There are, of course, times when the performer does not want to call attention to the performance. Playing ambient music, or providing background entertainment during a party or vigil or similar venue, it’s more important to set the mood than to grandstand. But, I am speaking primarily of the type of bardic performance where it behooves the performer to put on a show.

Finally, there’s another important and essential reason why it’s neither reasonable nor necessary for bards to tie themselves in knots writing exclusively “period” music: Writing music for use in the SCA is, in itself, a spectrum. Sometimes authors are writing pieces that have to bridge more than one type of audience, with different tolerance for more unfamiliar formats. Sometimes the melody that comes or the words that fit just don’t correspond to a particular Medieval mode of writing. Sometimes the attempt to force the form results in a song or poem that just isn’t any good, and needs to be discarded in favor of something that works better. When that happens to result in something that can’t be discretely documented, then the artist probably shouldn’t enter it into an A&S competition–but that does not, in my opinion, mean that the piece itself is automatically disqualified from being an “attempt” at period.

Am I advocating a departure from period music? Absolutely not! Bards should certainly be familiar with period music and poetry! They should have period pieces in their repertoire, and I believe the more one learns, the more one finds to learn. And the more one listens to period forms, the more one’s own composition efforts will be able to imitate that sound. But, even if it never leads to more “period-sounding” music, I still submit that that is often a secondary goal. The primary goal for many bards is to be conversant in the canon of sung and spoken word pieces that apply to the milieu of the SCA. That means being able to come up with authentic period music on demand. But it also means that the canon of a well-versed bard should include the works of SCA virtuosos such as Leslie Fish, Heather Alexander, Joe Betancourt, Michael Longcor, Bob Charron, Heather Dale, Arthur McLean, Scott Vaughan, Ken and Lisa Theriot, and dozens and dozens more. These are the songs and poems of our own history, and their work has shaped who we are as a Society just as much as work from hundreds of years ago.

With all that in mind, I propose that the debate about bards who write period material, or do not, is one in need of reframing. Bards are not necessarily Early Music scholars, nor should that be the requirement at any level of recognition. Bardic artists are not necessarily practitioners of period music composition, and nor should they be judged merely on that basis. They are practitioners of a different art – namely, the art of acquiring, learning, performing, teaching, and propagating all the types of music, poetry, and story that have been created to enhance the fabric of the Society, from period on up to today.

Before I go on, let me just say: There are many highly accomplished bards in our midst who are *also* highly accomplished period scholars in a particular area, such as “Arthurian legend” or “Norse studies” or “Renaissance poetry” or “Celtic culture.” There are even bards who are *also* qualified Early Music Scholars! What I am talking about is a different aspect of their skill, one that emphasizes their knowledge about performing and choosing what to perform.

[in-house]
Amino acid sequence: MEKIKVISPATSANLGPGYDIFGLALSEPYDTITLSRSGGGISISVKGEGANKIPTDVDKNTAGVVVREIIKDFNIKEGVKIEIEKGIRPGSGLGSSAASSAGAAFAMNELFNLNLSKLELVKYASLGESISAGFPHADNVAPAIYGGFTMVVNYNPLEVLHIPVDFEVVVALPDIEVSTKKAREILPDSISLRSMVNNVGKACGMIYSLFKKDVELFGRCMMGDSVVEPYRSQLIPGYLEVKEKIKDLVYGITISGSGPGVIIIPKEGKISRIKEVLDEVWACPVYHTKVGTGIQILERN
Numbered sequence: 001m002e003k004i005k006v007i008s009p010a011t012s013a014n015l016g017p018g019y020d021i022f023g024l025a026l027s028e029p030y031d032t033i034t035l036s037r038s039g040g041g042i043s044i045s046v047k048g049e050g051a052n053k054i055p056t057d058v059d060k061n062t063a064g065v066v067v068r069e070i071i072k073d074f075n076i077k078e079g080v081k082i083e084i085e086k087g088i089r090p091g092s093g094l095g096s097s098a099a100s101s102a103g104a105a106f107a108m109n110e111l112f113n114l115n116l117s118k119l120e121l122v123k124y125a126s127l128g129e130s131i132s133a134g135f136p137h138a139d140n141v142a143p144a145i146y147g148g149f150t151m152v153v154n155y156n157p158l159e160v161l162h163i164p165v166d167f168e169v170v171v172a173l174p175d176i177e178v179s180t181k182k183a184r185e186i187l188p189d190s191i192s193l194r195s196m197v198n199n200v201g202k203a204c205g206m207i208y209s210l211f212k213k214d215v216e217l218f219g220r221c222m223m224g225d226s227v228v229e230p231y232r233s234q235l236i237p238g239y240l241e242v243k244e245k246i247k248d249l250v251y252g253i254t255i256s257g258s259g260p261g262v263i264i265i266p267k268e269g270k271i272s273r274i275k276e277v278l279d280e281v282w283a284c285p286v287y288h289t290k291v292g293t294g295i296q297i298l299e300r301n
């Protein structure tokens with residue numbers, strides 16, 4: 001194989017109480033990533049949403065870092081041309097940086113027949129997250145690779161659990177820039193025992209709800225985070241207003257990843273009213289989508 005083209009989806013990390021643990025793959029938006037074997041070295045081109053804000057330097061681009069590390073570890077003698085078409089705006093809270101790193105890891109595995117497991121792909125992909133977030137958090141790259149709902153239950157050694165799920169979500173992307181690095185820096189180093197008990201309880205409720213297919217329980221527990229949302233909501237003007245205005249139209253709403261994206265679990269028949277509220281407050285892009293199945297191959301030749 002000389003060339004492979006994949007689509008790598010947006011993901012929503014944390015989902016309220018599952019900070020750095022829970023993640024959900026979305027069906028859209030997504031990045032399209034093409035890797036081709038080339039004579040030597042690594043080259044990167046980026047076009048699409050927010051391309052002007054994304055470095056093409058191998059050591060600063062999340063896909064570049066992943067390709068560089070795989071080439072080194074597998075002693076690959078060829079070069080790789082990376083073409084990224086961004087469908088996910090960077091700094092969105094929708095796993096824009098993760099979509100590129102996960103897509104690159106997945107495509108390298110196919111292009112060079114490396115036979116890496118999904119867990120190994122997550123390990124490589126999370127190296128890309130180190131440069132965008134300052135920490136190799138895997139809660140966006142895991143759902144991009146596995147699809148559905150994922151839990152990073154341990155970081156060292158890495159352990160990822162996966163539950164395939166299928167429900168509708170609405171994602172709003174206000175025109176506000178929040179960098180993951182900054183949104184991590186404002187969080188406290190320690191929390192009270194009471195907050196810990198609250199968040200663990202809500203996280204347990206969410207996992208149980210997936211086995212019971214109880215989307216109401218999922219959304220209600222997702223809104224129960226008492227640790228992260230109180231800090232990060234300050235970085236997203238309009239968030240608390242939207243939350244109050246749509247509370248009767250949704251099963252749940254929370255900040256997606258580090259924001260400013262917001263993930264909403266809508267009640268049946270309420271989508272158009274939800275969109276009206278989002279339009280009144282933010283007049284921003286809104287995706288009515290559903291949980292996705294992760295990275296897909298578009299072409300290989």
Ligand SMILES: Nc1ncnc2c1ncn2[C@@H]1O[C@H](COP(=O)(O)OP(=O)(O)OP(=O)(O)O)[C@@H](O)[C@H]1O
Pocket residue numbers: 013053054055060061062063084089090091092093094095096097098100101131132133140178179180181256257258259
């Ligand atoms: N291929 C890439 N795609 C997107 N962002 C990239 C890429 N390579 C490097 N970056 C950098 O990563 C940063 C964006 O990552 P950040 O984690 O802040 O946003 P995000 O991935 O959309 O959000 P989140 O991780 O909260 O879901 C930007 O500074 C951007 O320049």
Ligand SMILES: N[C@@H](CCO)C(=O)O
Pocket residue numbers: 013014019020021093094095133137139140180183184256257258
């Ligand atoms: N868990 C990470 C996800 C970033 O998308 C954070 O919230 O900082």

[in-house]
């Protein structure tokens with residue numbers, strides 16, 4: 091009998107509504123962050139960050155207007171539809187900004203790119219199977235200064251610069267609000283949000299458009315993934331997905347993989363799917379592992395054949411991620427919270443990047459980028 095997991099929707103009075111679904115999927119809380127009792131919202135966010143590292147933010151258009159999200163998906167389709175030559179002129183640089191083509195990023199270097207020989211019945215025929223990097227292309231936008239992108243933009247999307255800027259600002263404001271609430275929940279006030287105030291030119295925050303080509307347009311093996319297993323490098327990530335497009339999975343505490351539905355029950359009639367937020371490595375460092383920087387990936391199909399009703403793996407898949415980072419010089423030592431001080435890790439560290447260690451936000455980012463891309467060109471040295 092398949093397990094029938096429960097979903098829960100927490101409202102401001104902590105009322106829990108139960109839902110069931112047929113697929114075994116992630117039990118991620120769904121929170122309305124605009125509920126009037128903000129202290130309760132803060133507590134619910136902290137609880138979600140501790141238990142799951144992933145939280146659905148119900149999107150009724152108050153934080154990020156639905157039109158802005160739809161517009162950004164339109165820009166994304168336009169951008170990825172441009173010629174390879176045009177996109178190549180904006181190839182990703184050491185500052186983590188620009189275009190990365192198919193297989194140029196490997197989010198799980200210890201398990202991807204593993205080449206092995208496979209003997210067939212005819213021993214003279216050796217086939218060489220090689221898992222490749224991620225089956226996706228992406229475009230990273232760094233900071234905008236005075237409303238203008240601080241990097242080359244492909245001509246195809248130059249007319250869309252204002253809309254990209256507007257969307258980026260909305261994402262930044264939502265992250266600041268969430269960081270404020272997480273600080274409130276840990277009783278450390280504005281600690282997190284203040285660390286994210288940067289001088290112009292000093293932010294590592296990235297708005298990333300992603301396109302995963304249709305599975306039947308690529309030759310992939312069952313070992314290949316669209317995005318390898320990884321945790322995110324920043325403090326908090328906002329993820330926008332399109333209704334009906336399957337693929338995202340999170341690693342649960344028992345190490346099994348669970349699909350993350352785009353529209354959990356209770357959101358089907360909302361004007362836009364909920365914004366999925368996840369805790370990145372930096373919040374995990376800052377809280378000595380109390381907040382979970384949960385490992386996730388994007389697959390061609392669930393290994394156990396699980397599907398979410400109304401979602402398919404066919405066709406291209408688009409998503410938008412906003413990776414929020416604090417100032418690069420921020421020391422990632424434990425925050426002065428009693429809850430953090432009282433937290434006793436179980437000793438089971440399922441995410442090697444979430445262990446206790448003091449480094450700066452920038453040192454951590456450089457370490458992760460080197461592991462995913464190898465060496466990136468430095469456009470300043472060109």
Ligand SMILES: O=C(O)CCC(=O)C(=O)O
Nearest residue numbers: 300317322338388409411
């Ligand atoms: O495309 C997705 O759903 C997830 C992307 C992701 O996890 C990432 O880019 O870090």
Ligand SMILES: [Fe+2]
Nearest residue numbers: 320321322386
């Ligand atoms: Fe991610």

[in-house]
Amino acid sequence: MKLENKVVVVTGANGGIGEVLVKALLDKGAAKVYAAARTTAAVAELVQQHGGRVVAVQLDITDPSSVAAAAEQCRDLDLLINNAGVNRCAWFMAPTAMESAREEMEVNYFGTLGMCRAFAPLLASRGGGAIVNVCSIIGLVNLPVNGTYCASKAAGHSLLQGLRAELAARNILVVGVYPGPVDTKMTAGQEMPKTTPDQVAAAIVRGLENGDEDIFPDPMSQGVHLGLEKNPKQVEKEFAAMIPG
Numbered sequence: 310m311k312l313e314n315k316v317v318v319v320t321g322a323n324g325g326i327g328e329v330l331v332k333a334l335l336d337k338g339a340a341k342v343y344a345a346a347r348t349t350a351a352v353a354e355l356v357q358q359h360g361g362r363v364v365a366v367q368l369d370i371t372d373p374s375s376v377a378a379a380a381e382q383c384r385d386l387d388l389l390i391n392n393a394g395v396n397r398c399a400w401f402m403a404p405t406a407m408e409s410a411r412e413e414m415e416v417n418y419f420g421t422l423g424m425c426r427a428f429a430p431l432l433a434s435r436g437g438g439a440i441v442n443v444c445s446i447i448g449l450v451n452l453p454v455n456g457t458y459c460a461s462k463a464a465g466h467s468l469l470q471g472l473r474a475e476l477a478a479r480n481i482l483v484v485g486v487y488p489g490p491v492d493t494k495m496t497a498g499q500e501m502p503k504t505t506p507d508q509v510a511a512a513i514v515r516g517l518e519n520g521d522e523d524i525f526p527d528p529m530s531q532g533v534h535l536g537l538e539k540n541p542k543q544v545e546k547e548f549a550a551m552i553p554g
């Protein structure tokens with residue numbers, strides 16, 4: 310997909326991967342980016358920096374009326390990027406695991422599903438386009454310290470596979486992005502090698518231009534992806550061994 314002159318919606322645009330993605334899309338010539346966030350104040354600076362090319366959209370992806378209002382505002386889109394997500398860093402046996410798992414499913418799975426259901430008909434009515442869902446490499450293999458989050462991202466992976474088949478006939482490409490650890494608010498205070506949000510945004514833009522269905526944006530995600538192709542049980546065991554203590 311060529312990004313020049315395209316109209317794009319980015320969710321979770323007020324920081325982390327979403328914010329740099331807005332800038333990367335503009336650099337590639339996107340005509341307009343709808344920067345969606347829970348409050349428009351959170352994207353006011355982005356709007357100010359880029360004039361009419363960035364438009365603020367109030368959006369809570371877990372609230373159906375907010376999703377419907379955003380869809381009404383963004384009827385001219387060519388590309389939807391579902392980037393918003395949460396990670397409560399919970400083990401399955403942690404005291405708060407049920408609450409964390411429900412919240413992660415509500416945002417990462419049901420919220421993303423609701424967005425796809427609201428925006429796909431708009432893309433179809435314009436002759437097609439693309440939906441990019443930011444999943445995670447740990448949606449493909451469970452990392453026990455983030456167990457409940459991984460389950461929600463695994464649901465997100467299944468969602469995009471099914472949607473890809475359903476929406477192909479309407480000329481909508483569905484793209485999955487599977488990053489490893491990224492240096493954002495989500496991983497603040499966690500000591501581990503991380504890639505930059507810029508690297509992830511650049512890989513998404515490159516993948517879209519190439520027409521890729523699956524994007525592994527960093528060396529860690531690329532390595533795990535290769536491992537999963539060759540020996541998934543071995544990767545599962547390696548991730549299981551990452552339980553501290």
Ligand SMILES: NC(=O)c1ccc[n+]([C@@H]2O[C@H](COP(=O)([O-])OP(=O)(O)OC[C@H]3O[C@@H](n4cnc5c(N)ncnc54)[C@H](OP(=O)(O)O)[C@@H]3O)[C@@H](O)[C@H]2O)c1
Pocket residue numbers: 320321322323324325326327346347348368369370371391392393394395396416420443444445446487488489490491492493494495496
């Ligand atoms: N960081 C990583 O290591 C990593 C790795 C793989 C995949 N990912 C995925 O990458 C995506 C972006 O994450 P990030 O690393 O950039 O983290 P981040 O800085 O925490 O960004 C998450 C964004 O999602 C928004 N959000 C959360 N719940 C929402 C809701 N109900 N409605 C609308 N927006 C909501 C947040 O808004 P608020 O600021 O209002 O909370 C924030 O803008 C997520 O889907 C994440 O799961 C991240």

Judging a bard on this basis, therefore, does not begin and end with the question of composition or authenticity. It should place emphasis on the skill with which they choose venue, select or create their pieces to suit that venue, pick their moments, and move their audiences through their selections. The question should concern itself with the depth and breadth of repertoire, including the ability to change gears, when needed, from period to SCA-original to a well-timed current reference. If they do compose music, and are to be judged on what they write, then the question of authenticity should apply as much to the construction of their music and lyrics as it does to the effect those compositions create. For example, if it’s a dance tune, does it fit the type of dance? If it’s a quiet mood piece, does it blend into the background while still creating a pleasant atmosphere? If it’s a show-stopper, does it live up to the expectation of the crowd? Writing in period styles need not be a prerequisite, but rather an additional, extra level of skill.

But I Still Hate Filk! I hear you cry.

Well…unfortunately, that’s a matter of taste, and potentially of appropriateness, not necessarily of whether the contrafait the bard performs is “authentic” because it’s not a period tune. To me, it’s a question of perspective–are we judging authentic practice, or authentic source material? In fact, one could argue that if one considers an expanded definition of “authentic” for the bardic arts, then the period practices of a skilled bard would support a newer song. A contrafait written to an obscure centuries-old tune, for example, might be considered a less authentic practice, because in period, a bard likely would have chosen a more popular or timely tune, one that everyone is already humming, on which to hang a modified lyric.[3]